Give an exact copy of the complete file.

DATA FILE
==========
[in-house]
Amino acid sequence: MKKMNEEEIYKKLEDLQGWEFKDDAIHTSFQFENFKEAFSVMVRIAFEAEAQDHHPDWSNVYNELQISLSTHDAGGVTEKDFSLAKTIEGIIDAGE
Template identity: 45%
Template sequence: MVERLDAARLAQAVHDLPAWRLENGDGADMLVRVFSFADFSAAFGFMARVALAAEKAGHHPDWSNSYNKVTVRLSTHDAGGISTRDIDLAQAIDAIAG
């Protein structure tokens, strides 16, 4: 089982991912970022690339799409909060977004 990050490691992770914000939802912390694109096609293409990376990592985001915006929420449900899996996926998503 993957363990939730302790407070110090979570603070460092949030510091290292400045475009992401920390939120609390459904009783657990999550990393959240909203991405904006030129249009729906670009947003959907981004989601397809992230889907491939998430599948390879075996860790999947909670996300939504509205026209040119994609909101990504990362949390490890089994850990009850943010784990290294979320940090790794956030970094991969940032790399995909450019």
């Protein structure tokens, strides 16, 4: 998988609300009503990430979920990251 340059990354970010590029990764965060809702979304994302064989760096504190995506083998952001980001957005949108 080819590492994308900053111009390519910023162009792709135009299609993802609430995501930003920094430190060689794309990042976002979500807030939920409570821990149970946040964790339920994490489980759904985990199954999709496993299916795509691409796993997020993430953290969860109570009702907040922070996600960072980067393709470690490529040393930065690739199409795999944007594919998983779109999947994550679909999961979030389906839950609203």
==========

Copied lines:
[in-house]
Amino acid sequence: MKKMNEEEIYKKLEDLQGWEFKDDAIHTSFQFENFKEAFSVMVRIAFEAEAQDHHPDWSNVYNELQISLSTHDAGGVTEKDFSLAKTIEGIIDAGE
Template identity: 45%
Template sequence: MVERLDAARLAQAVHDLPAWRLENGDGADMLVRVFSFADFSAAFGFMARVALAAEKAGHHPDWSNSYNKVTVRLSTHDAGGISTRDIDLAQAIDAIAG
């Protein structure tokens, strides 16, 4: 089982991912970022690339799409909060977004 990050490691992770914000939802912390694109096609293409990376990592985001915006929420449900899996996926998503 993957363990939730302790407070110090979570603070460092949030510091290292400045475009992401920390939120609390459904009783657990999550990393959240909203991405904006030129249009729906670009947003959907981004989601397809992230889907491939998430599948390879075996860790999947909670996300939504509205026209040119994609909101990504990362949390490890089994850990009850943010784990290294979320940090790794956030970094991969940032790399995909450019």
């Protein structure tokens, strides 16, 4: 998988609300009503990430979920990251 340059990354970010590029990764965060809702979304994302064989760096504190995506083998952001980001957005949108 080819590492994308900053111009390519910023162009792709135009299609993802609430995501930003920094430190060689794309990042976002979500807030939920409570821990149970946040964790339920994490489980759904985990199954999709496993299916795509691409796993997020993430953290969860109570009702907040922070996600960072980067393709470690490529040393930065690739199409795999944007594919998983779109999947994550679909999961979030389906839950609203």